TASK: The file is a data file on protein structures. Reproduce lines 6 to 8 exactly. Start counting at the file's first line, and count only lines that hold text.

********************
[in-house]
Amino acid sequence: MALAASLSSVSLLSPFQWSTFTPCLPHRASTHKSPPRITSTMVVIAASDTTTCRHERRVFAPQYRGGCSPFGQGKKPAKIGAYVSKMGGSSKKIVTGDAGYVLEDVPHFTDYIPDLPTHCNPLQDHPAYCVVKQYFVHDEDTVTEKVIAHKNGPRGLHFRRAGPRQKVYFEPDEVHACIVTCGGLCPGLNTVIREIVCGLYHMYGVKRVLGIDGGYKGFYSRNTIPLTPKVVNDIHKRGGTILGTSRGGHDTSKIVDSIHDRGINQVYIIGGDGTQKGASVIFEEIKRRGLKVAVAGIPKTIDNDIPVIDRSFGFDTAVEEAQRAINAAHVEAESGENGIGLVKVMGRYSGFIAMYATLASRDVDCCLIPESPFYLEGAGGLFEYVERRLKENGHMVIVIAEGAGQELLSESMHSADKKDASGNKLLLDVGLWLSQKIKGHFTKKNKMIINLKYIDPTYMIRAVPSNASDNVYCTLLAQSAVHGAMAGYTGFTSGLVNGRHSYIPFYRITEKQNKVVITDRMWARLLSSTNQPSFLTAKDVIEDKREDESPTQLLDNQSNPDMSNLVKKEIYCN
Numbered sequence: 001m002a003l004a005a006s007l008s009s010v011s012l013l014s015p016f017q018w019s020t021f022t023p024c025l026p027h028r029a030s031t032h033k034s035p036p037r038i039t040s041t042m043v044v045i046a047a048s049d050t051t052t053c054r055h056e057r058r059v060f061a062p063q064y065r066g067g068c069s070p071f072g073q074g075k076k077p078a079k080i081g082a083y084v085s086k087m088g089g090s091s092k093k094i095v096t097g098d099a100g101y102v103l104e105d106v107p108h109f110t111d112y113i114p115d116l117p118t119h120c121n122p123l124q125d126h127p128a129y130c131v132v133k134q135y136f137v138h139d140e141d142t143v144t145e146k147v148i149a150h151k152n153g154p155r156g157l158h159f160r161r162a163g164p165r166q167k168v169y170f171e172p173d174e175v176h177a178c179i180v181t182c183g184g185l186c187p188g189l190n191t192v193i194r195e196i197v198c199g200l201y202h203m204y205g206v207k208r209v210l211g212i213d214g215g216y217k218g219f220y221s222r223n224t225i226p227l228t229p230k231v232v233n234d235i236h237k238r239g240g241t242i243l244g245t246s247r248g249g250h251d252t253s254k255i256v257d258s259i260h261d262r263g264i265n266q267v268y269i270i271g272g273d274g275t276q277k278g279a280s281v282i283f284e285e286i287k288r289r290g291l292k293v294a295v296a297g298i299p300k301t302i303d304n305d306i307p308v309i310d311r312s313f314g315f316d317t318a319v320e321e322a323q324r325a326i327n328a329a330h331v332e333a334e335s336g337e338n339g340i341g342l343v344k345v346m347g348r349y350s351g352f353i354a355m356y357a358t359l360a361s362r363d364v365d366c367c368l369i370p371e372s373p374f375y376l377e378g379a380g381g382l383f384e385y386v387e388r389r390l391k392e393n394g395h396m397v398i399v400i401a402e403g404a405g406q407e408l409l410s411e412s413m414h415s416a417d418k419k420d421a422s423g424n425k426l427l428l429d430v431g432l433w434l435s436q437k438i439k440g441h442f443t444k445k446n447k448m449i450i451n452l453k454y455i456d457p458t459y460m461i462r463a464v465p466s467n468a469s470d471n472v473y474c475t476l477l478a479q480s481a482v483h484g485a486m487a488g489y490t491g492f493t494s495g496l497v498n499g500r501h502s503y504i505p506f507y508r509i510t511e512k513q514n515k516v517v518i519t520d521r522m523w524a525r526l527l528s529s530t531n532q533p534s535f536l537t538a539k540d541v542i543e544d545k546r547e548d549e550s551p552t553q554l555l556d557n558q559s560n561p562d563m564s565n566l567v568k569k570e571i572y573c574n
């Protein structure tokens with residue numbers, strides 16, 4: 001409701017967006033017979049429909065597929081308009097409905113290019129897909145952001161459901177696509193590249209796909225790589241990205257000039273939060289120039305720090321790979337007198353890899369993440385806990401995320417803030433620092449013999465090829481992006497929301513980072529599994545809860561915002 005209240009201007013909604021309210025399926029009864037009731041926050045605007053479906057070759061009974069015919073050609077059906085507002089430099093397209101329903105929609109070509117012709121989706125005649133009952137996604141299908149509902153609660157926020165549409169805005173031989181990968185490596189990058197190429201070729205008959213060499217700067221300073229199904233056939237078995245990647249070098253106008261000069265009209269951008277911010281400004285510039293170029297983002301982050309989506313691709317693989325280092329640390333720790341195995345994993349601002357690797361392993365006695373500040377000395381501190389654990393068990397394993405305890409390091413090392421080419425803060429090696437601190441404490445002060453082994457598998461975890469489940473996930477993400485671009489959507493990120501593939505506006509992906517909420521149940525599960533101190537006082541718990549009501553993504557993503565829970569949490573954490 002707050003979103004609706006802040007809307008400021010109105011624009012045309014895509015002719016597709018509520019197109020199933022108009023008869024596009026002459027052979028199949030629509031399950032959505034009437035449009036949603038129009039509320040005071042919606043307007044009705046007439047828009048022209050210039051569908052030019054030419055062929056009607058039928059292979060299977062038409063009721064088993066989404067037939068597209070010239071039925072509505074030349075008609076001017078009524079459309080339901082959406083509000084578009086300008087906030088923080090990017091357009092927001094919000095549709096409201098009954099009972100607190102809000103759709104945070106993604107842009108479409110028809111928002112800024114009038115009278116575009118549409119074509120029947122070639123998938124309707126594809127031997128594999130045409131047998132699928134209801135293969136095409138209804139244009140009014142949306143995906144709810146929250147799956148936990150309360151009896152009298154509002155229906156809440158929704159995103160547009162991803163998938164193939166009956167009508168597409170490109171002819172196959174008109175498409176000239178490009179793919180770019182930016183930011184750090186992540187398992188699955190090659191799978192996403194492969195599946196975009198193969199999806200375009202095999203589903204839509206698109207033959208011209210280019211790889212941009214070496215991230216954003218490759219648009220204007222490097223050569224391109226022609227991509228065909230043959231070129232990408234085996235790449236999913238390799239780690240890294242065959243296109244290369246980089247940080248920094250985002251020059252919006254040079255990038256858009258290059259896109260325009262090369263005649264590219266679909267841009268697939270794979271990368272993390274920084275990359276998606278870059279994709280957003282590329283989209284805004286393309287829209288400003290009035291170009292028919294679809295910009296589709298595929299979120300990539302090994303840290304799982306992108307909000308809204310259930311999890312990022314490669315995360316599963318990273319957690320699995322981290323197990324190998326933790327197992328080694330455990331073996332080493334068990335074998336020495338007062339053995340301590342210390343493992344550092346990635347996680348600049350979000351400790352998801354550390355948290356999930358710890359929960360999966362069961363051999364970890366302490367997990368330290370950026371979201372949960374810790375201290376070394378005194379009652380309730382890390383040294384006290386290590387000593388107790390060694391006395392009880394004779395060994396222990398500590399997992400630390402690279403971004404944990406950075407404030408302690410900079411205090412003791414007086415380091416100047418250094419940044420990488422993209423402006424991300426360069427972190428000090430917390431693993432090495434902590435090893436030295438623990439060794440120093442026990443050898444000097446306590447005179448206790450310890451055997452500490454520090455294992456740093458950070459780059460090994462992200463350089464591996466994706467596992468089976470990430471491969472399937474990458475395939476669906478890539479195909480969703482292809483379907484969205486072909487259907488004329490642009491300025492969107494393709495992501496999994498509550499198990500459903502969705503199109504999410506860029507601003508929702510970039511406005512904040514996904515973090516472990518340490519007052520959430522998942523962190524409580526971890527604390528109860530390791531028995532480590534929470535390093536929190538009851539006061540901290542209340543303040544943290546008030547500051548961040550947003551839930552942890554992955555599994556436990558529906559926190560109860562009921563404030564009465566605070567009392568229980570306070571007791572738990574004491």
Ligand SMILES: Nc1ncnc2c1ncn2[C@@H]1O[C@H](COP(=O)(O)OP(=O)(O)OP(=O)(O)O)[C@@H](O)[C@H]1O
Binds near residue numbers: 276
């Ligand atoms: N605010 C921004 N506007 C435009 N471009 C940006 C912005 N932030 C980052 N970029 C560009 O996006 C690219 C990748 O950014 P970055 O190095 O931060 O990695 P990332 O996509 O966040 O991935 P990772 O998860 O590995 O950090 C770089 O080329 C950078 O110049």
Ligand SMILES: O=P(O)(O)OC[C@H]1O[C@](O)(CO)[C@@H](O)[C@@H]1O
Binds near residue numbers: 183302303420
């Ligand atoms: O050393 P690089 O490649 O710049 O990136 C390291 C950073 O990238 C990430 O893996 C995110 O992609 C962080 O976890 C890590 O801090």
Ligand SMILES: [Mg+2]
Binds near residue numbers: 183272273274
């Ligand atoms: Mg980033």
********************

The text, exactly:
Binds near residue numbers: 276
């Ligand atoms: N605010 C921004 N506007 C435009 N471009 C940006 C912005 N932030 C980052 N970029 C560009 O996006 C690219 C990748 O950014 P970055 O190095 O931060 O990695 P990332 O996509 O966040 O991935 P990772 O998860 O590995 O950090 C770089 O080329 C950078 O110049």
Ligand SMILES: O=P(O)(O)OC[C@H]1O[C@](O)(CO)[C@@H](O)[C@@H]1O